It’s easy to look at an athlete’s highlight reel and stand in awe of their ability to play. To see the ease of their movements and the way they seem to know exactly what to do at exactly the right moment, it’s like they were born to be in that sport. They were born to be a star.
However, the skills these competitors show on the court or field don’t always tell the complete story says Eddie Johnson, retired NBA star who now commentates for the Phoenix Suns while also running his own business, JJJ Sports, offering basketball camps, clinics, motivational speaking services, and more. “People don’t realize what athletes do behind the scenes,” he says.
Athletes Are Created Off the Court
Johnson knows all too well what it takes to have a successful sports career. In fact, during his 17-year stint (from 1981 to 2000) as a shooting guard and small forward, he scored more than 19,000 points, earning the NBA’s annual “6th Man of the Year” award for averaging 21.5 points per game for the Phoenix Suns with roughly 29 minutes play time.
Though Johnson has undoubtedly put in a lot of time in, working on both his body and his sport, he adds that sports chiropractic has been a consistent part of his fitness regimen. “I’ve always had structural doctors,” he says, further revealing that, while he’s never had any major back issues, he has always had alignment issues. “When you’re working out, your muscles tend to get tight on one side of the body,” he says.
Today, Johnson’s “structural doctor” is Monte Hessler, DC, CCSP, team chiropractor for the Phoenix Suns. We spoke to Hessler, who also happens to be the PGA Tour chiropractor and chiropractic consultant for the San Francisco Giants, and he indicated that there are two basic ways chiropractic can benefit pro athletes. The first is to help the athlete perform at a higher level and the second involves decreasing the likelihood of injury.
Sports Chiropractic Benefit #1: Improving Athletic Performance
“You can do all of this training in strength and skill training to participate in your sport, but sometimes there are what I like to call ‘movement inefficiencies,’” says Hessler. “If we don’t clear out these inefficiencies, it’s like building on an unstable foundation.”
That’s why Hessler’s goal when working with athletes is focus on creating that stable foundation. “Normalizing them from a motion, joint function, and muscular standpoint sets the foundation for them to do the things they need to do,” he says. And it’s been met with positive results.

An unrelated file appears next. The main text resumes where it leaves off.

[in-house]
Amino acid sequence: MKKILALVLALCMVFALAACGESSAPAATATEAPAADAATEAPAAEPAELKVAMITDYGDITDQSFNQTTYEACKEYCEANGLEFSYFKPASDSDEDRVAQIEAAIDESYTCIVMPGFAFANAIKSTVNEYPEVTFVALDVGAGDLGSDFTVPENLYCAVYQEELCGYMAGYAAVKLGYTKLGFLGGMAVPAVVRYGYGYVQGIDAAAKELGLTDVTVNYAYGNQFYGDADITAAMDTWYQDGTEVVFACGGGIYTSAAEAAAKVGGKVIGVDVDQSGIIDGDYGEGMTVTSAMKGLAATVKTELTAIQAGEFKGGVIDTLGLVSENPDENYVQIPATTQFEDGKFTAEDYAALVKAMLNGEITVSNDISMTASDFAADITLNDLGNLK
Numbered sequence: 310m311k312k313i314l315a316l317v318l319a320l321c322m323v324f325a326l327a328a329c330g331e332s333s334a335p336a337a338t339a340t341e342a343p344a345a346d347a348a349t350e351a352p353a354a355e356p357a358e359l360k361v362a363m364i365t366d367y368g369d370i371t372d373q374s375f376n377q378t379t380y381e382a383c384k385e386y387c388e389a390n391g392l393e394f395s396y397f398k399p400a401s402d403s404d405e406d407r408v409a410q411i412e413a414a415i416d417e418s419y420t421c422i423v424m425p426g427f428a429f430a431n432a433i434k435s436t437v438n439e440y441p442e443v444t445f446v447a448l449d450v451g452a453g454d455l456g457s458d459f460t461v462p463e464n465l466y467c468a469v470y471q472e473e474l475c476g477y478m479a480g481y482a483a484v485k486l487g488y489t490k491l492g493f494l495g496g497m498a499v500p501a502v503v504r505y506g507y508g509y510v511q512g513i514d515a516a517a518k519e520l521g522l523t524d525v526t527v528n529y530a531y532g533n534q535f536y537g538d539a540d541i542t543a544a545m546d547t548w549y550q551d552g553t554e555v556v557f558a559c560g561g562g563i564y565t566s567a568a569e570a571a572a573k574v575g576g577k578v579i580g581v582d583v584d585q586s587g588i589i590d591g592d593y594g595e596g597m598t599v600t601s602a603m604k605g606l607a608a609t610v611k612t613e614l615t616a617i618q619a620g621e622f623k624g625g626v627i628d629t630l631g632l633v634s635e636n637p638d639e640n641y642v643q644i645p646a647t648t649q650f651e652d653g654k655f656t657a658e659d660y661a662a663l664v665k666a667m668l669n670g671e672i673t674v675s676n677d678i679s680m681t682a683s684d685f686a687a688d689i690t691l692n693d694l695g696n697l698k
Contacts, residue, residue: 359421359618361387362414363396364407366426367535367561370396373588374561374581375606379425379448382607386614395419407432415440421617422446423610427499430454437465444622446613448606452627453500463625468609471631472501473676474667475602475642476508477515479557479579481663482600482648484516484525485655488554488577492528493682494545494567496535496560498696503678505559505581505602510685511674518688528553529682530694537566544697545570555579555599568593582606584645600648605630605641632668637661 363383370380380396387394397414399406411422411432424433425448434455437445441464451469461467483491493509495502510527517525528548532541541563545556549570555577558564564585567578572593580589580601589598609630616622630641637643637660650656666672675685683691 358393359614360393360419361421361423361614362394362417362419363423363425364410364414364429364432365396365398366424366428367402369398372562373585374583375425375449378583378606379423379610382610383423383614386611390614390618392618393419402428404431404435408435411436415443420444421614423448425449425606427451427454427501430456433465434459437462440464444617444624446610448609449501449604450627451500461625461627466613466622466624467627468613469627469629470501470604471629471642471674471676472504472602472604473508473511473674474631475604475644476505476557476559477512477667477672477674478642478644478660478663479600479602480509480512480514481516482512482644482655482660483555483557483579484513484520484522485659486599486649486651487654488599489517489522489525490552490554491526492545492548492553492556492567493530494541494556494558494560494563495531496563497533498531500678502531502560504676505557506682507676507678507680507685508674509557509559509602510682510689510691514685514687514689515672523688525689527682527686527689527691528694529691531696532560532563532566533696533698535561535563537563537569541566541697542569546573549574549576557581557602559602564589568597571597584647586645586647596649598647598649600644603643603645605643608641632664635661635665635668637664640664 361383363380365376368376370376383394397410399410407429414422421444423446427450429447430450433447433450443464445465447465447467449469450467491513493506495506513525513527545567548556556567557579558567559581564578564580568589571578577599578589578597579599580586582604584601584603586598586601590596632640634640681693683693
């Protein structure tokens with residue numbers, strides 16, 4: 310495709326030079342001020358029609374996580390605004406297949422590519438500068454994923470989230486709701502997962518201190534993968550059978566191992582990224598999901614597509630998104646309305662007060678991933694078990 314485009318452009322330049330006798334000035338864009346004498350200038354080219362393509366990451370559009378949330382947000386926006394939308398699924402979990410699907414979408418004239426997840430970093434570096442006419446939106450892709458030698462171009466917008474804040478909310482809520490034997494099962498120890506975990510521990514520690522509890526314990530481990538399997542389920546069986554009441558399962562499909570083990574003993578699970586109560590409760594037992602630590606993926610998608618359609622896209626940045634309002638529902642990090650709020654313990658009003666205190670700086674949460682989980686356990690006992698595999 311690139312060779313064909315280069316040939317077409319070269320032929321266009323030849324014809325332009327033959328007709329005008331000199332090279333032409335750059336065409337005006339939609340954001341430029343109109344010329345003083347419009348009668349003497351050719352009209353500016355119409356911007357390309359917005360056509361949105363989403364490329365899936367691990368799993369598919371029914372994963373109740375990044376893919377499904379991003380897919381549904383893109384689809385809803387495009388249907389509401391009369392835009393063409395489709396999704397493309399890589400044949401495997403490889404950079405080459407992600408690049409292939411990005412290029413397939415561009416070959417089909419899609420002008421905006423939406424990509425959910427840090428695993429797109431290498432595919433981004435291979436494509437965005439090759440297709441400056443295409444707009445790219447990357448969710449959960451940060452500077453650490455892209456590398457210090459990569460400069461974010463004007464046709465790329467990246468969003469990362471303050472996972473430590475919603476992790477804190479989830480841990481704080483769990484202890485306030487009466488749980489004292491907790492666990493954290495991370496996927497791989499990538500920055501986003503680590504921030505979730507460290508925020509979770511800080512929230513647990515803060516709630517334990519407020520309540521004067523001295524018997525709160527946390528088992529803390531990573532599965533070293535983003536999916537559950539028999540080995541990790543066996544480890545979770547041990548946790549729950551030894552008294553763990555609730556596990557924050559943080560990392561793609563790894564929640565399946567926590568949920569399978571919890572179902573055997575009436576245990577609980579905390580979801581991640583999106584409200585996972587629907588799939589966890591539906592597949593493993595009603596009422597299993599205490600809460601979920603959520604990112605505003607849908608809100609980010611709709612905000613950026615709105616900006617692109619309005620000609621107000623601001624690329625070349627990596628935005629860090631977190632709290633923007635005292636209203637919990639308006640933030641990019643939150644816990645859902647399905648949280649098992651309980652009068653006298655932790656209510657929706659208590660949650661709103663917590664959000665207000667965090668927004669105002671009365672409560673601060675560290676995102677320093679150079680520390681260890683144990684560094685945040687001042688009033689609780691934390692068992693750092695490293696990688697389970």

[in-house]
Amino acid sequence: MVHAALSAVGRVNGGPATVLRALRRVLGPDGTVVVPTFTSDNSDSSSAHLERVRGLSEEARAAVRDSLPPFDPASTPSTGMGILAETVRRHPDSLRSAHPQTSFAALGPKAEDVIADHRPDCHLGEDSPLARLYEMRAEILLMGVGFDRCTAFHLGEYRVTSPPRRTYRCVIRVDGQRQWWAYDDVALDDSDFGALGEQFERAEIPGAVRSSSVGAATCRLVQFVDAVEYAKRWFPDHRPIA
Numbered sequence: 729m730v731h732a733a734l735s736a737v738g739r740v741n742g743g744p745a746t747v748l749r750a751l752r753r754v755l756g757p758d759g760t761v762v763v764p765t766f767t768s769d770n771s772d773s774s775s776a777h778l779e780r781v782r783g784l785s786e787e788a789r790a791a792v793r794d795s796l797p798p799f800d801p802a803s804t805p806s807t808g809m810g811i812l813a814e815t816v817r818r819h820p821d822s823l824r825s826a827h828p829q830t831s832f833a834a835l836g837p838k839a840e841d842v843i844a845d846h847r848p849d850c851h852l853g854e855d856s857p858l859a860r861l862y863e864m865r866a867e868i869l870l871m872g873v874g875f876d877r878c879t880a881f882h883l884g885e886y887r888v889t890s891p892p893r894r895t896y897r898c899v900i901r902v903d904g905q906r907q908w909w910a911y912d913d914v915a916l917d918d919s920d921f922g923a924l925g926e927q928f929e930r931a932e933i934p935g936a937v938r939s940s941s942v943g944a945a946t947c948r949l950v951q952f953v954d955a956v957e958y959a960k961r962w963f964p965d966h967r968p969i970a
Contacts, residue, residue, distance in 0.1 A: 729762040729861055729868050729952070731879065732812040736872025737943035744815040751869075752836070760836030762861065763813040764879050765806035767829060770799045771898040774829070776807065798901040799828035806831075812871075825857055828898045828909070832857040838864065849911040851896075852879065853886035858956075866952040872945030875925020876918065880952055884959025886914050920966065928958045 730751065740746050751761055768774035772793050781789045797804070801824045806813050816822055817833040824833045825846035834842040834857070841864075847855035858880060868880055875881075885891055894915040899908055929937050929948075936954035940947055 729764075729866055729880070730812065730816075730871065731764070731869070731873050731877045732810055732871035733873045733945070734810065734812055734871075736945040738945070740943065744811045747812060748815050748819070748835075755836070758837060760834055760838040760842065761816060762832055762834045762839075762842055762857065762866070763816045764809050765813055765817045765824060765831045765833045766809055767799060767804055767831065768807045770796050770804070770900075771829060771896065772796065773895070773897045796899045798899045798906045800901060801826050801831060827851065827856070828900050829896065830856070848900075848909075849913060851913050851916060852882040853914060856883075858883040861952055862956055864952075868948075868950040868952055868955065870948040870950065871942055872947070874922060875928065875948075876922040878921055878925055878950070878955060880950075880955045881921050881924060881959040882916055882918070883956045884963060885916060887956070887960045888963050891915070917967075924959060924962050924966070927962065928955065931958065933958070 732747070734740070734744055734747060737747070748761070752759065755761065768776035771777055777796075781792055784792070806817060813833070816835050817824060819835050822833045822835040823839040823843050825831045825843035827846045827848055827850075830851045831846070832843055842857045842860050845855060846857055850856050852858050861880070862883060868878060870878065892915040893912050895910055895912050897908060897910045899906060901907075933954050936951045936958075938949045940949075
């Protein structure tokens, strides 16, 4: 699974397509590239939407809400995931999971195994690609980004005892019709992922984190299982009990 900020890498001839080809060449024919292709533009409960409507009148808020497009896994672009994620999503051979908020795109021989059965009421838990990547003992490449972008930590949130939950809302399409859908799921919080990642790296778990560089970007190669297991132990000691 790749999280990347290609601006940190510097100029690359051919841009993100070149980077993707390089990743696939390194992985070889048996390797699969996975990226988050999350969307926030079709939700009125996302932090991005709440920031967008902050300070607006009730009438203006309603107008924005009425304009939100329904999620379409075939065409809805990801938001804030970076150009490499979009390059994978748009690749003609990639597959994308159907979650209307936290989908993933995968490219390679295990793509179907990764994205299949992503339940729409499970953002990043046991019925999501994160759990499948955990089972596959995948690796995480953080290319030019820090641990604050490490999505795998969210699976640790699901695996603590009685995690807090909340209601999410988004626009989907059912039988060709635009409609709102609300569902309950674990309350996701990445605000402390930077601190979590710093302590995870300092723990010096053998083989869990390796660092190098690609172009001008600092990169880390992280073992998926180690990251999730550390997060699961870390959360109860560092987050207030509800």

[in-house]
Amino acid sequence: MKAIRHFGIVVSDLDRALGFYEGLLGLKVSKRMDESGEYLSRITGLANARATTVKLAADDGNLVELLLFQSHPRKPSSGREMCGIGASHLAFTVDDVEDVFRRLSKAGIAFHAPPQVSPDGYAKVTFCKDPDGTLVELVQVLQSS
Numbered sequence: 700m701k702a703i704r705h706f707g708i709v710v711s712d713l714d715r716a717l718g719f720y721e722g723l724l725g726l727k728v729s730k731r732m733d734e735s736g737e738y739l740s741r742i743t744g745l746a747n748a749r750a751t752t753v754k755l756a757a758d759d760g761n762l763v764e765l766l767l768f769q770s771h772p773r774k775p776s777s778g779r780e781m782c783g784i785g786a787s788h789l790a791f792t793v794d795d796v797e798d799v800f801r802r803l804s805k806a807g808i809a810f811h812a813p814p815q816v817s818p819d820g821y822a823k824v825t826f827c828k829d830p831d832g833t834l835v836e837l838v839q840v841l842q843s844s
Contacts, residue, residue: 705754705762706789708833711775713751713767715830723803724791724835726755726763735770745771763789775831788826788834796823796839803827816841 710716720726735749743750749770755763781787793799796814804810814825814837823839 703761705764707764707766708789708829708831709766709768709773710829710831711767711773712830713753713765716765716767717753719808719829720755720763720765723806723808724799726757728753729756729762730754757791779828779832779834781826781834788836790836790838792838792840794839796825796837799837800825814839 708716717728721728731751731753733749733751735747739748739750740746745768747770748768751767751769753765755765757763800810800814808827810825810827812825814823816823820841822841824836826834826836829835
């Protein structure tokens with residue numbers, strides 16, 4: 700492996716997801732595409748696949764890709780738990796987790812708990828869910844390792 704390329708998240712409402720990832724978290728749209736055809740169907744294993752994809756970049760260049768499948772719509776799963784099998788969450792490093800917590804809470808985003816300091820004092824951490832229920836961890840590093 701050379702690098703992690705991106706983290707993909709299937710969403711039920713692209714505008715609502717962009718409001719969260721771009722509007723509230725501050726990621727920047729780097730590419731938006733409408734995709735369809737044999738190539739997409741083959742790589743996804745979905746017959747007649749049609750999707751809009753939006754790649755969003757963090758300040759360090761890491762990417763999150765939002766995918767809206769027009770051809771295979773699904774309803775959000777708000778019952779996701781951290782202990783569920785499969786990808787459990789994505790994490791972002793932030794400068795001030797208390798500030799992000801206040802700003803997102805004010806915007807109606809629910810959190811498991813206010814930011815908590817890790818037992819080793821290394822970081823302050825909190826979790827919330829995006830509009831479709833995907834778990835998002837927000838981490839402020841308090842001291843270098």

“I’ve heard repetitively from athletes, players who’ve been adjusted, that they feel like they can focus better,” Hessler says. “Basketball players have said, ‘the ball feels different in my hands after you adjust me.’ If you break it down neurologically, if you have a tight joint or muscle that is putting abnormal sensations into the nervous system and remove it, they can be able to focus.”
In fact, there have been many studies that talk about how proprioception improves after chiro adjustments. For instance, one study published in the Journal of the American Chiropractic Association concluded that “manipulation is an effective modality in the improvement of both proprioception and dorsiflexion in chronic recurrent ankle sprain.”
Another piece of research, this one published in the Journal of Manipulative and Physiological Therapeutics, found that chiropractic and proprioceptive exercises can also help decrease recurrent shoulder instability. And this was after the participant being studied had two previous surgeries which were unsuccessful at correcting that instability.
Sports Chiropractic Benefit #2: Decreased Injury Risk
The second benefit is decreased injury risk. “Poor movement patterns create compensation and muscular imbalance, leading to injury,” adds Hessler. This is a major issue for pro athletes especially since their livelihood is dependent on their ability to play their sport.
Recent stats indicate that this is a problem area, says Hessler, who indicates that some sports, like Major League Baseball, has seen an increase in injuries over the past several years. This is “despite improvements in training, conditioning, diagnostic tools, and surgical intervention,” says Hessler, highlighting this concern even more.
Research has found that chiropractic can help reduce the risk of many different injuries. For example, one studyconnected chiropractic intervention with lower limb injury prevention, reduced primary lower limb muscle strain, and, subsequently, sports players spending fewer weeks off due to non-contact knee injuries.
To sum it up, “some of the things we provide as DCs are at the base level of improving athletic performance and injury prevention,” says Hessler. And that’s where a strong foundation begins.
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